Last Updated: January 14th, 2019 at 6:18 pm
Read Time: 3 Minutes
Across the country, there doesn't seem to be a topic quite as hot as marijuana legalization. More states have begun moving forward with legislation that legalizes marijuana, either for medical use, recreational use, or both. However, concerns continue to rise about the safety of marijuana when it comes to drivers consuming the substance prior to getting behind the wheel.
We all know of the dangers of driving while under the influence of alcohol. Driving with a blood alcohol concentration (BAC) of 0.05, completely below the legal limit of .08, increases your odds of wrecking your car by 100 percent versus someone who hasn't had a drink at all. At a BAC of 0.08, your crash odds have roughly tripled.
So, will marijuana have this same effect? Today we take a close look at how marijuana legalization could impact auto accident rates.
Examining Claim Rates in Marijuana States
On June 22, 2017, the Insurance Institute for Highway Safety (IIHS) published a study examining whether rising marijuana use is causing an increase in car crashes in states that have legalized the drug.
The study, conducted by the Highway Loss Data Institute, compared insurance claims for vehicle collisions in states that had recently legalized marijuana, including Colorado, Washington, and Oregon, with claims in neighboring states that hadn't. The study analyzed claims filed between January 2012 and October 2016. It found that within that time period, collision claim frequencies in the states that had legalized marijuana were about 3% higher than would have been anticipated without legalization.
Control states for this study included Wyoming, Utah, Nevada, Montana, and Idaho. During the time frame between January 2012 and October 2016, Wyoming and Utah permitted limited medical marijuana use, Nevada and Montana allowed medical use of marijuana, and Idaho did not have any marijuana legalization laws. Likewise, researchers compared present data with data from Colorado, Washington, and Oregon prior to legalization.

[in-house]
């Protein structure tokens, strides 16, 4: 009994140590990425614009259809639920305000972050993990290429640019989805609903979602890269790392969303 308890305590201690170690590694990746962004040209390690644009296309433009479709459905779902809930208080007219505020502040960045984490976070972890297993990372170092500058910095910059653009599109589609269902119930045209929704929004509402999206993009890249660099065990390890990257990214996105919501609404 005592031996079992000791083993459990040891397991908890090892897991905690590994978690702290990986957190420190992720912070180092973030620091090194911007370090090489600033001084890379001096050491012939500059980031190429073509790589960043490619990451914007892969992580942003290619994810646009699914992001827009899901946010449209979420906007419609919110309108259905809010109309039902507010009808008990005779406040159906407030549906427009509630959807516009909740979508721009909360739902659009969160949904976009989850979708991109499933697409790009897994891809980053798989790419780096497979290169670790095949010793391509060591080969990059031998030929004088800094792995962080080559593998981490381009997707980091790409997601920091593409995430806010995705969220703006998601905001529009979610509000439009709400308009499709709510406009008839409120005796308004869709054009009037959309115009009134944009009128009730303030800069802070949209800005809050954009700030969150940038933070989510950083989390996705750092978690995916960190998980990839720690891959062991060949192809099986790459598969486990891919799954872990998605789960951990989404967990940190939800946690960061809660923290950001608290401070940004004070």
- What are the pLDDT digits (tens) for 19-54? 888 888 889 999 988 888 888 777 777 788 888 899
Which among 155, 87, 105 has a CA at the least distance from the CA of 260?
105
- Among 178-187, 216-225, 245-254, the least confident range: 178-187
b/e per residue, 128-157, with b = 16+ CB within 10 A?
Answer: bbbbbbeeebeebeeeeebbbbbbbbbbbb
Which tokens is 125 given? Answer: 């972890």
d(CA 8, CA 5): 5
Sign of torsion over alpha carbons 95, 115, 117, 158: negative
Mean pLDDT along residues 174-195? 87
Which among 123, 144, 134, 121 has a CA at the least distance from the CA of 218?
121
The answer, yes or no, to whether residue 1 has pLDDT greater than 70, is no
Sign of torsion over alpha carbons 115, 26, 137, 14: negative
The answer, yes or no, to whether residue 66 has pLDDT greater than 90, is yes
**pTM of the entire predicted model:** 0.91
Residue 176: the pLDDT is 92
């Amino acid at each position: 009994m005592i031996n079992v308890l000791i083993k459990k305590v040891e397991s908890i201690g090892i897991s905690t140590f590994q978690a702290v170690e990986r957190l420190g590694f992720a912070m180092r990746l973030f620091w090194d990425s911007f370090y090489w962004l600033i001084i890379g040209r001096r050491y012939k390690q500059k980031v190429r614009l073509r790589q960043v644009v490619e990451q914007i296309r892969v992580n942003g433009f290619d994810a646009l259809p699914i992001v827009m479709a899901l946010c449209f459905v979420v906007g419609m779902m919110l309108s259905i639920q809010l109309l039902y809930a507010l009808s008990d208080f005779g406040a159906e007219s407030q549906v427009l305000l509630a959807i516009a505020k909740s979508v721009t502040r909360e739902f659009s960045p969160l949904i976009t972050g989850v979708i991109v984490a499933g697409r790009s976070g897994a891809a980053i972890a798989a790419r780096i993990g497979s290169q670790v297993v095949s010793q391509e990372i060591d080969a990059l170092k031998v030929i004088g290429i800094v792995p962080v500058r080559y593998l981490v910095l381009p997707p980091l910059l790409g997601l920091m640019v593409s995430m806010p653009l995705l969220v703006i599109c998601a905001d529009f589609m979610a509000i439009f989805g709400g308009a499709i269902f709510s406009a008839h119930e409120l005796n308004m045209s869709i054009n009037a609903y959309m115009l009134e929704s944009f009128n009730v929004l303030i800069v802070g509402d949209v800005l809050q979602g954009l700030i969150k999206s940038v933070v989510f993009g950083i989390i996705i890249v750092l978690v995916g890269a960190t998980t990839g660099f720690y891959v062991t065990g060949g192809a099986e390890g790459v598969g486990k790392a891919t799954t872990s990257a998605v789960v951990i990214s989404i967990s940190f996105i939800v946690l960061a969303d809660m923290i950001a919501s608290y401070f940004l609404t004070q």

The team also looked at collision claims filed between January 2012 and October 2016 for 1981 to 2017 model vehicles, as well as factoring in elements such as weather and seasonality. While the 3% increase in reported auto accidents is small, it is significant.
What an Increase in Marijuana-related Accidents Can Mean
After the publication of the study, Matt Moore, senior vice president of the IIHS Highway Loss Data Institute stated, "The combined-state analysis shows that the first three states to legalize recreational marijuana have experienced more crashes." Does this mean that every state will follow suit?
The answer here is truthfully, no one knows. For some, the 3% increase was too small to be significant. For others, it was a sign that marijuana legalization could correlate to more auto accidents. However, from a personal injury standpoint, it is important to realize that it's not just the legalization of marijuana that will cause accidents. It's the decisions people will make.
Factors that could lead to a spike in marijuana-related accidents include:
- Impaired driving due to marijuana
- Impaired driving due to the combination of marijuana and alcohol
- More drivers on the road due to marijuana tourism
As the state of Florida still debates the pros and cons of marijuana legalization, at Weinstein Legal we urge you to remain safe on the road. If you or someone you love has been injured in an auto accident caused by a distracted driver who was under the influence of marijuana or alcohol, contact Weinstein Legal today.